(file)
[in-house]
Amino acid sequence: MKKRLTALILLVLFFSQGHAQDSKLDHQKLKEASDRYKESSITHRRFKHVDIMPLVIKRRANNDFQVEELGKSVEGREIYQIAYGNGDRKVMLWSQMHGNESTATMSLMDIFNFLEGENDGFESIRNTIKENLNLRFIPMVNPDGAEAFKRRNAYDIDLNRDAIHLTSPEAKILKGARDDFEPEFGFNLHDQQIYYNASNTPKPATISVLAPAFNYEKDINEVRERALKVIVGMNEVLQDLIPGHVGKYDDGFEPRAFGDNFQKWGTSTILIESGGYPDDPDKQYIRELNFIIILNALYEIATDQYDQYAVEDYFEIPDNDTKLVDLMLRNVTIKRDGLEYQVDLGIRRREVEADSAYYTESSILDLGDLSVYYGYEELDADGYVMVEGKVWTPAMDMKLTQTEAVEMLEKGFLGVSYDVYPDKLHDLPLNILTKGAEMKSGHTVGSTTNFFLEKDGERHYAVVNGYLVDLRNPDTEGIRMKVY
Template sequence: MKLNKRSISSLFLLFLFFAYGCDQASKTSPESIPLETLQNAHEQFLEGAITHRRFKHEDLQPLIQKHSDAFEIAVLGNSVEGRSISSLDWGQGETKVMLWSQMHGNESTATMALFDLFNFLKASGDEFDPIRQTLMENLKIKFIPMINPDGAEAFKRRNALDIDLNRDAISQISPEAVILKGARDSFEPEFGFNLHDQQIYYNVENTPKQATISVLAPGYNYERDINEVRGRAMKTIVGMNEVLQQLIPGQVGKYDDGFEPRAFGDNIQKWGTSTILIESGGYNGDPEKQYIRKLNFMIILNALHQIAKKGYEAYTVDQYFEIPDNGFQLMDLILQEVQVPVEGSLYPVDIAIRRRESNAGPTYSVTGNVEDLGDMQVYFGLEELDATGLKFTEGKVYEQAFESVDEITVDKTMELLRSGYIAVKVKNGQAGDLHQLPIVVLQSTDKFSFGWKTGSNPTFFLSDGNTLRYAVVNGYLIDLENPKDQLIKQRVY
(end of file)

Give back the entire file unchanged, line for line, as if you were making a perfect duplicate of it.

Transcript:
[in-house]
Amino acid sequence: MKKRLTALILLVLFFSQGHAQDSKLDHQKLKEASDRYKESSITHRRFKHVDIMPLVIKRRANNDFQVEELGKSVEGREIYQIAYGNGDRKVMLWSQMHGNESTATMSLMDIFNFLEGENDGFESIRNTIKENLNLRFIPMVNPDGAEAFKRRNAYDIDLNRDAIHLTSPEAKILKGARDDFEPEFGFNLHDQQIYYNASNTPKPATISVLAPAFNYEKDINEVRERALKVIVGMNEVLQDLIPGHVGKYDDGFEPRAFGDNFQKWGTSTILIESGGYPDDPDKQYIRELNFIIILNALYEIATDQYDQYAVEDYFEIPDNDTKLVDLMLRNVTIKRDGLEYQVDLGIRRREVEADSAYYTESSILDLGDLSVYYGYEELDADGYVMVEGKVWTPAMDMKLTQTEAVEMLEKGFLGVSYDVYPDKLHDLPLNILTKGAEMKSGHTVGSTTNFFLEKDGERHYAVVNGYLVDLRNPDTEGIRMKVY
Template sequence: MKLNKRSISSLFLLFLFFAYGCDQASKTSPESIPLETLQNAHEQFLEGAITHRRFKHEDLQPLIQKHSDAFEIAVLGNSVEGRSISSLDWGQGETKVMLWSQMHGNESTATMALFDLFNFLKASGDEFDPIRQTLMENLKIKFIPMINPDGAEAFKRRNALDIDLNRDAISQISPEAVILKGARDSFEPEFGFNLHDQQIYYNVENTPKQATISVLAPGYNYERDINEVRGRAMKTIVGMNEVLQQLIPGQVGKYDDGFEPRAFGDNIQKWGTSTILIESGGYNGDPEKQYIRKLNFMIILNALHQIAKKGYEAYTVDQYFEIPDNGFQLMDLILQEVQVPVEGSLYPVDIAIRRRESNAGPTYSVTGNVEDLGDMQVYFGLEELDATGLKFTEGKVYEQAFESVDEITVDKTMELLRSGYIAVKVKNGQAGDLHQLPIVVLQSTDKFSFGWKTGSNPTFFLSDGNTLRYAVVNGYLIDLENPKDQLIKQRVY